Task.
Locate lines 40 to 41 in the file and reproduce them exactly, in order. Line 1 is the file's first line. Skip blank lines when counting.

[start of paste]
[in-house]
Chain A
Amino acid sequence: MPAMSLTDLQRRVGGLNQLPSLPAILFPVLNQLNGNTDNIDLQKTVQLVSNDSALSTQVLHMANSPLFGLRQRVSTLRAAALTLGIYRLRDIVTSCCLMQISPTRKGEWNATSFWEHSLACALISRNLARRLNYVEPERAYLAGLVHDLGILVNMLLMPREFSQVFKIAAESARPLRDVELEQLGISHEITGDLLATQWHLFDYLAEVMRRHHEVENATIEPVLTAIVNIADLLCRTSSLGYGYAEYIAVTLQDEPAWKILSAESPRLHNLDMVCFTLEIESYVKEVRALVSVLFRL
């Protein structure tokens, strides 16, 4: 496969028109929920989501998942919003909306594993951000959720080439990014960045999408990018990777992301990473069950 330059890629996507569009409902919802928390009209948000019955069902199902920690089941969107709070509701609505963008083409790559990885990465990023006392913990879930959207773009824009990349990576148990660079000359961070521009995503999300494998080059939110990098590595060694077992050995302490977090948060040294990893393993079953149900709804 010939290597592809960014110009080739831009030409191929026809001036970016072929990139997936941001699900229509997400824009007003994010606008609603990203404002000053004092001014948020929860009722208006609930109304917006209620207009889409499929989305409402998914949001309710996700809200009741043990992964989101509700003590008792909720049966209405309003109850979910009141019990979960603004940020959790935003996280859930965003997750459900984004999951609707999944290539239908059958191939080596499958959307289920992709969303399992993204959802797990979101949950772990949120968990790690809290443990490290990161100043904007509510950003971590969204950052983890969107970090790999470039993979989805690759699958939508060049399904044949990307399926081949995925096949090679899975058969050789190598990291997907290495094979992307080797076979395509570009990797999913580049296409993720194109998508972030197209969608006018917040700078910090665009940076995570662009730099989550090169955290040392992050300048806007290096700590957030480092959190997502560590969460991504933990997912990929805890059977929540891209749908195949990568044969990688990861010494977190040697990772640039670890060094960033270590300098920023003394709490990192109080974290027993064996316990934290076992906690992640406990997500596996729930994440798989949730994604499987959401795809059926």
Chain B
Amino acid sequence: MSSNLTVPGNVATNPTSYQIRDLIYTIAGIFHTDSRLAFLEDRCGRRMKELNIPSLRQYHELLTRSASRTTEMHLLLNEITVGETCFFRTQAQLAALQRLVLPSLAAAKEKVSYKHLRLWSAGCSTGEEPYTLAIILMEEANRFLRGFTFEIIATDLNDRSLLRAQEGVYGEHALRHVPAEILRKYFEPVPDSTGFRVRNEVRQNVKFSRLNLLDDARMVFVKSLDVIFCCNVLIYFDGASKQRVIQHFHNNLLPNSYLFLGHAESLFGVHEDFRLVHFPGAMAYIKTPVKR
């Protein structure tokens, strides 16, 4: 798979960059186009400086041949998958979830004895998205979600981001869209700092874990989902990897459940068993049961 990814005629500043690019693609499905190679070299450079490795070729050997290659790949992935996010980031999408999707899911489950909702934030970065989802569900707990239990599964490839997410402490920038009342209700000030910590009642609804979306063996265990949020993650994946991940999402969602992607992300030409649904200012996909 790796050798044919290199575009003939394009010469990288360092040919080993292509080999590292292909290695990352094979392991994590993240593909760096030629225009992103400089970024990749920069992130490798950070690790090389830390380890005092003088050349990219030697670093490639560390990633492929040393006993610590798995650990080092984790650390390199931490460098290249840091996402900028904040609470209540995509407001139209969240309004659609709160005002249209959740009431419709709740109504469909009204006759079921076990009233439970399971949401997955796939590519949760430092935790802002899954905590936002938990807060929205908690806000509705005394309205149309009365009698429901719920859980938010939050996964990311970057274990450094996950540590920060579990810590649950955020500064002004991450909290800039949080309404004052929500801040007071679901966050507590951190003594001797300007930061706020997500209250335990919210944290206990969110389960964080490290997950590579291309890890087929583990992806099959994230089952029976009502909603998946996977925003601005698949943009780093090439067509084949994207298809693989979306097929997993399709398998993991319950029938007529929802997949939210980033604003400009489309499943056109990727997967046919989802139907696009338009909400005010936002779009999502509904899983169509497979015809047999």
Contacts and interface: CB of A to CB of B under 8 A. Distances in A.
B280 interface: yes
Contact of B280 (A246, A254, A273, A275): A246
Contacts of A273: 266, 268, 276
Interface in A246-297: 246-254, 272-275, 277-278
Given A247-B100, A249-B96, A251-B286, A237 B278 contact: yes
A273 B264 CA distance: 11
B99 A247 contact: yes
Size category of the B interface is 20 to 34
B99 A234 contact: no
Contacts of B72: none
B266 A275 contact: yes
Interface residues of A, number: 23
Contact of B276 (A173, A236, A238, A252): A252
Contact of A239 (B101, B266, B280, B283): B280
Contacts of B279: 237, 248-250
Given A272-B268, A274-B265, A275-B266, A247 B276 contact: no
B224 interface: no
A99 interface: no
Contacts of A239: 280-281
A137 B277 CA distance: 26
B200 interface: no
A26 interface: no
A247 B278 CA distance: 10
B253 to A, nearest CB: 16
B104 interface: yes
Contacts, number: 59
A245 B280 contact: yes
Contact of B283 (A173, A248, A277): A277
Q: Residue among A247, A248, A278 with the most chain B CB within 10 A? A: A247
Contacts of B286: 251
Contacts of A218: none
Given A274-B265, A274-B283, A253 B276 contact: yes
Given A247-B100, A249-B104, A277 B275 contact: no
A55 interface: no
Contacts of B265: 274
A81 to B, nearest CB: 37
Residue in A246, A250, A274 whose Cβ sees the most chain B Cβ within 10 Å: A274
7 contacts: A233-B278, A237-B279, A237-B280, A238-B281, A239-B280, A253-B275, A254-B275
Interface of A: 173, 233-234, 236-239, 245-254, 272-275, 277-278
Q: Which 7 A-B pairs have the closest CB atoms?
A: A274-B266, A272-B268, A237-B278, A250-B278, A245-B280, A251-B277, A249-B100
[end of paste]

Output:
Given A274-B265, A274-B283, A253 B276 contact: yes
Given A247-B100, A249-B104, A277 B275 contact: no